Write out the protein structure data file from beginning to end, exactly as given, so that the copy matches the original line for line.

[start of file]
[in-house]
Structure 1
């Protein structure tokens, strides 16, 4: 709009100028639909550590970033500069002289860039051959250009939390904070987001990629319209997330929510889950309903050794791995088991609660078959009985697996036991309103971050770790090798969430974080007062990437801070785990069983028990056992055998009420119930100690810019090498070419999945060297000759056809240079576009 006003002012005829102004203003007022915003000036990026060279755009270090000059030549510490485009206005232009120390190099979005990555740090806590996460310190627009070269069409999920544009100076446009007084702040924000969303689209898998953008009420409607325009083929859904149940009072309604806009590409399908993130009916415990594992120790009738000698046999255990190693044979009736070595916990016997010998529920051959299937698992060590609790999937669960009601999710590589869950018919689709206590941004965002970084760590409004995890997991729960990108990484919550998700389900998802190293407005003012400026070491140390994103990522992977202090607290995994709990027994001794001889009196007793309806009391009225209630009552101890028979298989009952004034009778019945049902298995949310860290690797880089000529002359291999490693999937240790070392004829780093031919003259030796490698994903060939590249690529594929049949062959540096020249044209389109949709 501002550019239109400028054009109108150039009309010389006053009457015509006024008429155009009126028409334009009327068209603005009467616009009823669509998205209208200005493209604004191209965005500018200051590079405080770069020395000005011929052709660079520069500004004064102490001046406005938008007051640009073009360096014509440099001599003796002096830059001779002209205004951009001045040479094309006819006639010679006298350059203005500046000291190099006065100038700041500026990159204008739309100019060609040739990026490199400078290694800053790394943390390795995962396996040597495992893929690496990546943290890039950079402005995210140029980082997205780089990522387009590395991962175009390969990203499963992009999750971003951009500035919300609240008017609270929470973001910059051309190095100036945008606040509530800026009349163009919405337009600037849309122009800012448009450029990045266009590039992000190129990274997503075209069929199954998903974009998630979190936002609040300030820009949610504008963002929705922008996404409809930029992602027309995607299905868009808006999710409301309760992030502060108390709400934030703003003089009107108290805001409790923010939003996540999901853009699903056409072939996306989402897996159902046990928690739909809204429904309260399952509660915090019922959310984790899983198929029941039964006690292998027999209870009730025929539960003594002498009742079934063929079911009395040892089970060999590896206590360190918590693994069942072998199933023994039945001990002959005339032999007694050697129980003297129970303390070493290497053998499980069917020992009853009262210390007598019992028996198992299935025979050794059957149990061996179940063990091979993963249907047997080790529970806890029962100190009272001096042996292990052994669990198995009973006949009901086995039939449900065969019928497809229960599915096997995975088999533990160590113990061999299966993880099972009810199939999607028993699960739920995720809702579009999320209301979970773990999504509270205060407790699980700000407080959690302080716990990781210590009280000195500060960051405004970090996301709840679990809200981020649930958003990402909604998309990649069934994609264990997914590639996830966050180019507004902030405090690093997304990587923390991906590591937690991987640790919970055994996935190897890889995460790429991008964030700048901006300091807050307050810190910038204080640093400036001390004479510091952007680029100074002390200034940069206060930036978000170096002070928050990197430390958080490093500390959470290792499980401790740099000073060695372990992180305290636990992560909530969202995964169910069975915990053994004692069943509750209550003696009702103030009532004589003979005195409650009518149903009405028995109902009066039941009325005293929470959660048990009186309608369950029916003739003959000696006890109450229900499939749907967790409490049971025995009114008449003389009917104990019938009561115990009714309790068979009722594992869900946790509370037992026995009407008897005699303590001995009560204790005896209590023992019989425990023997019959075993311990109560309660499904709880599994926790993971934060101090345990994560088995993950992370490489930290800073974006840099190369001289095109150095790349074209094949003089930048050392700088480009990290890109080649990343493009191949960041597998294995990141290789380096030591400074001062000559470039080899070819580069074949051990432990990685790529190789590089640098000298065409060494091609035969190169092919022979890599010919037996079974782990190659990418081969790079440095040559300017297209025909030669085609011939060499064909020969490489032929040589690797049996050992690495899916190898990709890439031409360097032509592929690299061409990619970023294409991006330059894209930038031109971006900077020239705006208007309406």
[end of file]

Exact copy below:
[in-house]
Structure 1
């Protein structure tokens, strides 16, 4: 709009100028639909550590970033500069002289860039051959250009939390904070987001990629319209997330929510889950309903050794791995088991609660078959009985697996036991309103971050770790090798969430974080007062990437801070785990069983028990056992055998009420119930100690810019090498070419999945060297000759056809240079576009 006003002012005829102004203003007022915003000036990026060279755009270090000059030549510490485009206005232009120390190099979005990555740090806590996460310190627009070269069409999920544009100076446009007084702040924000969303689209898998953008009420409607325009083929859904149940009072309604806009590409399908993130009916415990594992120790009738000698046999255990190693044979009736070595916990016997010998529920051959299937698992060590609790999937669960009601999710590589869950018919689709206590941004965002970084760590409004995890997991729960990108990484919550998700389900998802190293407005003012400026070491140390994103990522992977202090607290995994709990027994001794001889009196007793309806009391009225209630009552101890028979298989009952004034009778019945049902298995949310860290690797880089000529002359291999490693999937240790070392004829780093031919003259030796490698994903060939590249690529594929049949062959540096020249044209389109949709 501002550019239109400028054009109108150039009309010389006053009457015509006024008429155009009126028409334009009327068209603005009467616009009823669509998205209208200005493209604004191209965005500018200051590079405080770069020395000005011929052709660079520069500004004064102490001046406005938008007051640009073009360096014509440099001599003796002096830059001779002209205004951009001045040479094309006819006639010679006298350059203005500046000291190099006065100038700041500026990159204008739309100019060609040739990026490199400078290694800053790394943390390795995962396996040597495992893929690496990546943290890039950079402005995210140029980082997205780089990522387009590395991962175009390969990203499963992009999750971003951009500035919300609240008017609270929470973001910059051309190095100036945008606040509530800026009349163009919405337009600037849309122009800012448009450029990045266009590039992000190129990274997503075209069929199954998903974009998630979190936002609040300030820009949610504008963002929705922008996404409809930029992602027309995607299905868009808006999710409301309760992030502060108390709400934030703003003089009107108290805001409790923010939003996540999901853009699903056409072939996306989402897996159902046990928690739909809204429904309260399952509660915090019922959310984790899983198929029941039964006690292998027999209870009730025929539960003594002498009742079934063929079911009395040892089970060999590896206590360190918590693994069942072998199933023994039945001990002959005339032999007694050697129980003297129970303390070493290497053998499980069917020992009853009262210390007598019992028996198992299935025979050794059957149990061996179940063990091979993963249907047997080790529970806890029962100190009272001096042996292990052994669990198995009973006949009901086995039939449900065969019928497809229960599915096997995975088999533990160590113990061999299966993880099972009810199939999607028993699960739920995720809702579009999320209301979970773990999504509270205060407790699980700000407080959690302080716990990781210590009280000195500060960051405004970090996301709840679990809200981020649930958003990402909604998309990649069934994609264990997914590639996830966050180019507004902030405090690093997304990587923390991906590591937690991987640790919970055994996935190897890889995460790429991008964030700048901006300091807050307050810190910038204080640093400036001390004479510091952007680029100074002390200034940069206060930036978000170096002070928050990197430390958080490093500390959470290792499980401790740099000073060695372990992180305290636990992560909530969202995964169910069975915990053994004692069943509750209550003696009702103030009532004589003979005195409650009518149903009405028995109902009066039941009325005293929470959660048990009186309608369950029916003739003959000696006890109450229900499939749907967790409490049971025995009114008449003389009917104990019938009561115990009714309790068979009722594992869900946790509370037992026995009407008897005699303590001995009560204790005896209590023992019989425990023997019959075993311990109560309660499904709880599994926790993971934060101090345990994560088995993950992370490489930290800073974006840099190369001289095109150095790349074209094949003089930048050392700088480009990290890109080649990343493009191949960041597998294995990141290789380096030591400074001062000559470039080899070819580069074949051990432990990685790529190789590089640098000298065409060494091609035969190169092919022979890599010919037996079974782990190659990418081969790079440095040559300017297209025909030669085609011939060499064909020969490489032929040589690797049996050992690495899916190898990709890439031409360097032509592929690299061409990619970023294409991006330059894209930038031109971006900077020239705006208007309406």